In Banja Luka a father leads his son to the shores of the Sava River
for an afternoon spent listening to the water, like life and time, passing.
He teaches his son to cast his metal out into the moving current
and to wait patiently for a connection, wait until something tugs at him.
The boy, with his pole and his pride and his father, mistakes a relic
rusted out on his hook for the wiggle and struggle of some reward.
For half an hour he drags the ring to shore, fighting a pointless war.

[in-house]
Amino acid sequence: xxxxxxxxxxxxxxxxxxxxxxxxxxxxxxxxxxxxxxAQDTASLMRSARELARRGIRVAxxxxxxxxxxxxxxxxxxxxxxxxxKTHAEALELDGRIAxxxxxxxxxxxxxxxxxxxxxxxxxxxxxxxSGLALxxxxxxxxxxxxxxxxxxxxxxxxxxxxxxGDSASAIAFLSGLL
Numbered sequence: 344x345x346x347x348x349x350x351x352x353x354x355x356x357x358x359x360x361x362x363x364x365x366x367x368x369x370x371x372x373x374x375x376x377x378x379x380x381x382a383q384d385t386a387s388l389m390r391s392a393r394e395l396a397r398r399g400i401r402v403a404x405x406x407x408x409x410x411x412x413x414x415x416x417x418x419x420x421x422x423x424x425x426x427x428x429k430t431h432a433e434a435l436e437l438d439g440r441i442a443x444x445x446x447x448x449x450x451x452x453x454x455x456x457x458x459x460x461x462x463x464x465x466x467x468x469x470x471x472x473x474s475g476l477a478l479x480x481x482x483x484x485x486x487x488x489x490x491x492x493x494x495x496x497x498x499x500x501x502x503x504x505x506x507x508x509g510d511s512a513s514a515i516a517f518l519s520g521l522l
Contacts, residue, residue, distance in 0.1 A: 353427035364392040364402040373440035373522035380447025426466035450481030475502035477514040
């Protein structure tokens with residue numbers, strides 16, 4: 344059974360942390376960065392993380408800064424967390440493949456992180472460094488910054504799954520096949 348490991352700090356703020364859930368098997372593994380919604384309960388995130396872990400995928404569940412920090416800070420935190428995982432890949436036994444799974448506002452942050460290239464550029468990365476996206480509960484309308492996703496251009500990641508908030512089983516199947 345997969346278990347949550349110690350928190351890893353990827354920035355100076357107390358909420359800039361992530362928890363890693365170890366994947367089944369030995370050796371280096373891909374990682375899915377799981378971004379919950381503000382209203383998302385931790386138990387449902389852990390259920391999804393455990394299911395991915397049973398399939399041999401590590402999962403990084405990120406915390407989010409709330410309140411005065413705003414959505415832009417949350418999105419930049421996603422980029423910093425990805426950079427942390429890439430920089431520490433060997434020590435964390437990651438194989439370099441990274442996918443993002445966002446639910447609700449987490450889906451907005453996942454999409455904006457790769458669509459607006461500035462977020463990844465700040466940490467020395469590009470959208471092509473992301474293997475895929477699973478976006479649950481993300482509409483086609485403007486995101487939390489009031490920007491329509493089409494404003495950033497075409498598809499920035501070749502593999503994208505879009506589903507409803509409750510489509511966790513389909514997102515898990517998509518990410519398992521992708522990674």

In Banja Luka the remains of a boy are laid to rest. The hands,
a foot, what’s left of a chest, the blood of the boy exploded
into the pores of the father’s dark, muscled, scarred arms,
blown into the grey flecks of his once jet black hair, his own
childhood stolen, like a first kiss is stolen, like land is stolen.
And the father, all day, whimpering to emptiness, “Mine, mine.”